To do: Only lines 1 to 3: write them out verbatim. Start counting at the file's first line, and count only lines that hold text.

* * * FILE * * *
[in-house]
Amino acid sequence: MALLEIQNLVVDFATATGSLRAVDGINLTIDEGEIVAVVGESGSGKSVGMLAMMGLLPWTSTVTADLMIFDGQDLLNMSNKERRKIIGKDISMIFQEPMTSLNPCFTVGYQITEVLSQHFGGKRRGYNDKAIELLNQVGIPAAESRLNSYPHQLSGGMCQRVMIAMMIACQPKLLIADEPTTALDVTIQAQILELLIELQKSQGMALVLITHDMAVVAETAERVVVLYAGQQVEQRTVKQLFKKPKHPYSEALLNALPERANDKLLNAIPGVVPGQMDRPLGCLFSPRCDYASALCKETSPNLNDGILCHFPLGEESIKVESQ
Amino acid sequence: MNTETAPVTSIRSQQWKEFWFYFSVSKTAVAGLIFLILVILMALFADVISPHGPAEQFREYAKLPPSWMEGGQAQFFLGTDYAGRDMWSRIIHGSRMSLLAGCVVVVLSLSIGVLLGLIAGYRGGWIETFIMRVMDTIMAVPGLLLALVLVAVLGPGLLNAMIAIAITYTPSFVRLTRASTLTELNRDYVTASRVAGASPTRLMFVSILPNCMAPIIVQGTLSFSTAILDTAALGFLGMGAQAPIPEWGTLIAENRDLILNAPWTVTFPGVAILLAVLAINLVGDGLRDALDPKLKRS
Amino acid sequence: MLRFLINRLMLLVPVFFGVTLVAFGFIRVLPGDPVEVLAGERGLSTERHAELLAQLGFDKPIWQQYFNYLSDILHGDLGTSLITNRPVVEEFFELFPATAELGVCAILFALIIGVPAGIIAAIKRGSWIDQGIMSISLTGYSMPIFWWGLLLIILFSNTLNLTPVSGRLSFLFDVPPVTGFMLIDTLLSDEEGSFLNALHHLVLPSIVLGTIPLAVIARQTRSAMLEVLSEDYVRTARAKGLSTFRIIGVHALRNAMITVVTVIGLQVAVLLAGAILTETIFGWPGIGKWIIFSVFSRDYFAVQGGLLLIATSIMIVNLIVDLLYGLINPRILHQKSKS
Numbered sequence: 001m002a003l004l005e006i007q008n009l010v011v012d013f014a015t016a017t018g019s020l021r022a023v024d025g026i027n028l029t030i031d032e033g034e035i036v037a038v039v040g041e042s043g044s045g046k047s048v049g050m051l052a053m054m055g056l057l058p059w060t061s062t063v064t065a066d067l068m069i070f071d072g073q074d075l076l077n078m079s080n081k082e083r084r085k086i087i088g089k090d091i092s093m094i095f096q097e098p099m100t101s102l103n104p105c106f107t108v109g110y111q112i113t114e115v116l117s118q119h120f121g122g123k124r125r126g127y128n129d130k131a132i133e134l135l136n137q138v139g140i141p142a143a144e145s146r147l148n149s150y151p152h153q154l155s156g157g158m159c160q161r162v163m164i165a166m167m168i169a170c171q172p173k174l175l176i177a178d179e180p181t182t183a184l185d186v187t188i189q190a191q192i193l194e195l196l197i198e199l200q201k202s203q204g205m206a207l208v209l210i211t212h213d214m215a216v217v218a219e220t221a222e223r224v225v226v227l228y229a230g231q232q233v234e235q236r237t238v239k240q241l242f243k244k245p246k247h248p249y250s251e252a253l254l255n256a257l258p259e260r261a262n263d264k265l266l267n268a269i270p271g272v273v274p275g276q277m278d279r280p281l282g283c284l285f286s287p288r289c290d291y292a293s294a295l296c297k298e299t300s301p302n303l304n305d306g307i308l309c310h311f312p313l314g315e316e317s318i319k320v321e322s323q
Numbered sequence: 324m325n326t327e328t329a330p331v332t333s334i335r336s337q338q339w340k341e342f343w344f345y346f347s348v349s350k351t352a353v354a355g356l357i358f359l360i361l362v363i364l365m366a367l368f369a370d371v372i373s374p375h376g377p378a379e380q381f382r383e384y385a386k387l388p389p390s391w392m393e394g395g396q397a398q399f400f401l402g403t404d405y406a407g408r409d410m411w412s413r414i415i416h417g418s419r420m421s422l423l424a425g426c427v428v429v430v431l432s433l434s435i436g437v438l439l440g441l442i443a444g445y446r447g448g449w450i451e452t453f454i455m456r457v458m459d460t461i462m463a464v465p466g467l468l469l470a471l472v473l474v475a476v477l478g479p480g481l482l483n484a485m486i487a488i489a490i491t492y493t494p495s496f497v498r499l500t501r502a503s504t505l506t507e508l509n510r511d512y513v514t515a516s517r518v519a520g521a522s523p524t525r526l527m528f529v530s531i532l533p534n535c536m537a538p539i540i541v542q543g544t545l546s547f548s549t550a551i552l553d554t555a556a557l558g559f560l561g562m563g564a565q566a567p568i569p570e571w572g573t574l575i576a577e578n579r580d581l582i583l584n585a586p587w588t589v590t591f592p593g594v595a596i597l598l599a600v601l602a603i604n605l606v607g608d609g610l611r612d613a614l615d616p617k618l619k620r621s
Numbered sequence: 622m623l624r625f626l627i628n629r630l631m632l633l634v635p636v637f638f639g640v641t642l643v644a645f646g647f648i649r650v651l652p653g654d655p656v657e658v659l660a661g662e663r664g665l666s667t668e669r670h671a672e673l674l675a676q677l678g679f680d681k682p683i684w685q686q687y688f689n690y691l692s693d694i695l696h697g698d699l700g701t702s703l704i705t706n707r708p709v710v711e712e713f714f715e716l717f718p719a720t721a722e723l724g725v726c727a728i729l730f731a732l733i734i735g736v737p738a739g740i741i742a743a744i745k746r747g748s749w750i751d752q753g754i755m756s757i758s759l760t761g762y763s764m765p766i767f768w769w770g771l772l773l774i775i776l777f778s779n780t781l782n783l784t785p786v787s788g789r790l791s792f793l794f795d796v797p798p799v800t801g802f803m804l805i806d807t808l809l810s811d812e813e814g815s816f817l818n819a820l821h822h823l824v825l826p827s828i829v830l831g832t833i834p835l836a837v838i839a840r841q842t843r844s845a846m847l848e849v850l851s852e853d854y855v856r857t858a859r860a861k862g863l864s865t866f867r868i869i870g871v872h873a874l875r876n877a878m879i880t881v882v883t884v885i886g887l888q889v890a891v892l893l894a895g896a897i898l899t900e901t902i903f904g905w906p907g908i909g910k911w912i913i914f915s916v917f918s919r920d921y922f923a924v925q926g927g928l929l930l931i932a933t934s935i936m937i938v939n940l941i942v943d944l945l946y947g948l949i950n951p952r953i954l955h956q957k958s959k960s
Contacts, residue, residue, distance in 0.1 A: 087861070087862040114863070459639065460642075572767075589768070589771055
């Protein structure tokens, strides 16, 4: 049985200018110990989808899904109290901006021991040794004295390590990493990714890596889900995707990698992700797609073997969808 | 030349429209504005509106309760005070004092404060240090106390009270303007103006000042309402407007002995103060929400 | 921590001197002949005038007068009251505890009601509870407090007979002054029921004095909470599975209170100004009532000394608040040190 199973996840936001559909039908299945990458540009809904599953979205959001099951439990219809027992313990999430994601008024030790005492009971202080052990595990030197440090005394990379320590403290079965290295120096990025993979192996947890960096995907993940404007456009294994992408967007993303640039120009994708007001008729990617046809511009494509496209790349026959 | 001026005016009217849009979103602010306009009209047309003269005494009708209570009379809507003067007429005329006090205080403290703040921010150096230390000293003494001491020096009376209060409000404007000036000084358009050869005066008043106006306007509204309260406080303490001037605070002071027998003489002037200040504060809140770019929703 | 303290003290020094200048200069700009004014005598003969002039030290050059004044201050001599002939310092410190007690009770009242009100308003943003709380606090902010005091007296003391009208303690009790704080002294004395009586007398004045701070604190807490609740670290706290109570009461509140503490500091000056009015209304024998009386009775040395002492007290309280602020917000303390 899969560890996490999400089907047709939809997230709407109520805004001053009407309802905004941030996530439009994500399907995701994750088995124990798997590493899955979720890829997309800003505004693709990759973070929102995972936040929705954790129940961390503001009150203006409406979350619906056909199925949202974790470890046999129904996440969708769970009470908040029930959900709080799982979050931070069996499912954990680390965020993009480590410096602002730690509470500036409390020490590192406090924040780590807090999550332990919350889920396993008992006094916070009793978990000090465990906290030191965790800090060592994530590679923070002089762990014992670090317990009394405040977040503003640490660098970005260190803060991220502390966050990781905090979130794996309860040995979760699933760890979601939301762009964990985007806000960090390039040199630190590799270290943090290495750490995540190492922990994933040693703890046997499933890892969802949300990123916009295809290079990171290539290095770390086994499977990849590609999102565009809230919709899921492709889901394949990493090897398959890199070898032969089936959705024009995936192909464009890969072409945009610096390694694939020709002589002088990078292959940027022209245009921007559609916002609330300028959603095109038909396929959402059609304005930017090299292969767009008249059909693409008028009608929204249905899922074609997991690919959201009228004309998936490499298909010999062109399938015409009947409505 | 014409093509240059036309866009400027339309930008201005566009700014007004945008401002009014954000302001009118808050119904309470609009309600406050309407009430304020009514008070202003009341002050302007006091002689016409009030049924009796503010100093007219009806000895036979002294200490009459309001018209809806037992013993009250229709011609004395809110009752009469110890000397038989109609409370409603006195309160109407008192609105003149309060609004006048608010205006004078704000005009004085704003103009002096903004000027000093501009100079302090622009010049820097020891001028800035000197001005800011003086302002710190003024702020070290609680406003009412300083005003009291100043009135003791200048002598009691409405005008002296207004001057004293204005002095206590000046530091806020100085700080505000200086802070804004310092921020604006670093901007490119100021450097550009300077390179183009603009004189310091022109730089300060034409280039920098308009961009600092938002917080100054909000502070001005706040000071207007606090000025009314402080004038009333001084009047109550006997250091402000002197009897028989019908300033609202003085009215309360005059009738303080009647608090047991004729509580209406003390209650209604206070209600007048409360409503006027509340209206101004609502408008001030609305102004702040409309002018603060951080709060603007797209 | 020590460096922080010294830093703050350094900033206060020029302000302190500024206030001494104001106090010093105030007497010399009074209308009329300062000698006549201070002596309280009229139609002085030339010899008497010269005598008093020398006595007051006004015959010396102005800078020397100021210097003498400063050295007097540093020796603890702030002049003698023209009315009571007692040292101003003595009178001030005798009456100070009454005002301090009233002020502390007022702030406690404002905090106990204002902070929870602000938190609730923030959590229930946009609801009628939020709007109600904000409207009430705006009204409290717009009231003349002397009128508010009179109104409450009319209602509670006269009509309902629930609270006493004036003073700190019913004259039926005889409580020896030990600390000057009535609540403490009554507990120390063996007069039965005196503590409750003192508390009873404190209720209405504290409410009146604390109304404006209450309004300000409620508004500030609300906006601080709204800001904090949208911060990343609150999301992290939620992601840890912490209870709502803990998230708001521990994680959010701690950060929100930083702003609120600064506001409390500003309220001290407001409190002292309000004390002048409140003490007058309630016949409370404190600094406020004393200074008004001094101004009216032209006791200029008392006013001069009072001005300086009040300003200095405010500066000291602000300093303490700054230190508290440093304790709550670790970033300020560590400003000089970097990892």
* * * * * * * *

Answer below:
[in-house]
Amino acid sequence: MALLEIQNLVVDFATATGSLRAVDGINLTIDEGEIVAVVGESGSGKSVGMLAMMGLLPWTSTVTADLMIFDGQDLLNMSNKERRKIIGKDISMIFQEPMTSLNPCFTVGYQITEVLSQHFGGKRRGYNDKAIELLNQVGIPAAESRLNSYPHQLSGGMCQRVMIAMMIACQPKLLIADEPTTALDVTIQAQILELLIELQKSQGMALVLITHDMAVVAETAERVVVLYAGQQVEQRTVKQLFKKPKHPYSEALLNALPERANDKLLNAIPGVVPGQMDRPLGCLFSPRCDYASALCKETSPNLNDGILCHFPLGEESIKVESQ
Amino acid sequence: MNTETAPVTSIRSQQWKEFWFYFSVSKTAVAGLIFLILVILMALFADVISPHGPAEQFREYAKLPPSWMEGGQAQFFLGTDYAGRDMWSRIIHGSRMSLLAGCVVVVLSLSIGVLLGLIAGYRGGWIETFIMRVMDTIMAVPGLLLALVLVAVLGPGLLNAMIAIAITYTPSFVRLTRASTLTELNRDYVTASRVAGASPTRLMFVSILPNCMAPIIVQGTLSFSTAILDTAALGFLGMGAQAPIPEWGTLIAENRDLILNAPWTVTFPGVAILLAVLAINLVGDGLRDALDPKLKRS